Illenschwang, Bavaria (Home of Andreas
Beyond Germanna is a newsletter-journal which
was published by John Blankenbaker for fifteen years from 1989 until
the November 2003 issue when publication was terminated. The
primary topic of this work is the Germanna colonists including their
origins and life in Germany, journeys to the New World, and their settlements,
histories, genealogies, associated families, and dispersions to other
areas. All of the fifteen volumes are still available in print
format by the year or by the issue. Also, all fifteen volumes are available
in the form of a compact disk (CD) in the Portable Document Format (PDF).
For more information about this CD whose content duplicates the printed
copies, click here.
Revised 29 March 2007
The print version of Beyond Germanna was published
six times a year with at least ten pages per issue. For more
information about the 917 pages of Beyond Germanna including
a listing of the major articles, click here.
Fifteen articles drawn from Beyond Germanna are
stored in the archive section. The titles of these may be reached by
Germanna was the site of the first permanent German settlement
in Virginia. Though the Germans did not remain long at Germanna,
the name Germanna has become a symbol of all of the Germans who lived
on the east side of the Blue Ridge Mountains in Virginia (as opposed
to those who lived in the Shenandoah Valley on the west side of the
Blue Ridge Mountains). More than one hundred families meet this criteria.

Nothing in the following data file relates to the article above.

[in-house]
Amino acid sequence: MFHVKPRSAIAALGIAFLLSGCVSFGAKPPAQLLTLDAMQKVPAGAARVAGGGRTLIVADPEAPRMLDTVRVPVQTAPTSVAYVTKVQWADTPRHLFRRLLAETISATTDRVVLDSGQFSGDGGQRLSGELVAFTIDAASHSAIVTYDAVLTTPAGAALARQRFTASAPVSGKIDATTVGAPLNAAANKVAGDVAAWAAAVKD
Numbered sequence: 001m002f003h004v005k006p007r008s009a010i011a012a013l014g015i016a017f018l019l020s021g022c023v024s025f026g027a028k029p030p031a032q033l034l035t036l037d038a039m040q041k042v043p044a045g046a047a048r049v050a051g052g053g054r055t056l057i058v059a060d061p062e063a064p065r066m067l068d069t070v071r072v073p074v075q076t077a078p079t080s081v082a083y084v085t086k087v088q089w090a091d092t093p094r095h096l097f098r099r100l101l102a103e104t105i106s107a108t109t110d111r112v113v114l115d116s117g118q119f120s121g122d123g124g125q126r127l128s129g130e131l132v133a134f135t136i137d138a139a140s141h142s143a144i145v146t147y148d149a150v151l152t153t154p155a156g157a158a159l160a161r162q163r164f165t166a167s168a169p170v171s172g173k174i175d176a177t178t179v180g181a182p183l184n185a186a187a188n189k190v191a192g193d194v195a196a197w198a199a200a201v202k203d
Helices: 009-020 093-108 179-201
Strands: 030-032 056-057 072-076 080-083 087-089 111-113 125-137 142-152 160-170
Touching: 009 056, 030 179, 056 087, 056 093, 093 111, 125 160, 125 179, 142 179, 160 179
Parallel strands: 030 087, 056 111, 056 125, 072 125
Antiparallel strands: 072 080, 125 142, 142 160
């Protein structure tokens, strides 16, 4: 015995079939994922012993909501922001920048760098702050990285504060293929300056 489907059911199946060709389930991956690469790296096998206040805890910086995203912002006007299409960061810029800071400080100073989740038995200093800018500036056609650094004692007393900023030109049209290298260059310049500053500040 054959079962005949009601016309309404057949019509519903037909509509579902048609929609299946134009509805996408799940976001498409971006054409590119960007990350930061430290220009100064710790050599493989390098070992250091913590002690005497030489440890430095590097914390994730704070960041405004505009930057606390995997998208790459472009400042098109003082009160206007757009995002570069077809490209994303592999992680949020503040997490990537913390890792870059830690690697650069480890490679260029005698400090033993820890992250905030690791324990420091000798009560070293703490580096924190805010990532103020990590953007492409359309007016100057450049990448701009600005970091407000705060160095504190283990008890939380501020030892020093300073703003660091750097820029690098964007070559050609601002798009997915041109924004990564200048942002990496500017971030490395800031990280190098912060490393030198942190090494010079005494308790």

For a fuller explanation of Germanna, click here.
John and Eleanor Blankenbaker have visited the villages
in Germany of many of the Germanna people. A compact disc with pictures
and stories on the villages of the Germanna Colonists in Germany
and Austria has been prepared. For more information on this Photographic
Essay which has received rave reviews, click
As a research aid, a booklet includes the men in Culpeper
County, Virginia, who were in subject to the draft in 1781. More than
1400 men are named. For more information on The Culpeper Classes,
The German Lutheran church in Madison County, Virginia,
(known today as Hebron) has communion lists from 1775 into the 1800's.
Because relatives tended to sit together, this has been a useful research
aid. For information on the soft-cover book, Hebron Communion Lists,
The Hebron Church kept a record of the baptisms from 1750
until 1813. An important part of these records were the sponsors who
were nearly always related to the parents. A book, Hebron Baptismal
Register, has been published which has the relationships of the sponsors
to the parents, a feature never before published. For more information,
For more information about John and Eleanor Blankenbaker,
For information about other Germanna sources, click here.
For information about the publications of Andreas Mielke,
Three generation charts in an abbreviated form are very useful
for studying a community. Selected ones will be shown here. These charts
are in the pdf format and require Acrobat Reader, version 5 or higher.
Most computers have this Reader installed. After going to one of these
pages, use the "back" button to return to this Home page. A number
of conventions will be encountered: oo means married; * means born; + means
died; c means circa. Some information is abbreviated. The numeral after
a given name is the date of birth; after oo is the date of marriage. The
first two digits of the year are sometimes omitted.
The early generations of Jacob
The first three Peter Weaver
For the Henry Huffman
The first three generations of the Jacob Rector family.
The first three generations of the John
Copyright 2002, 2003, 2004, 2005, 2006, 2007 by John Blankenbaker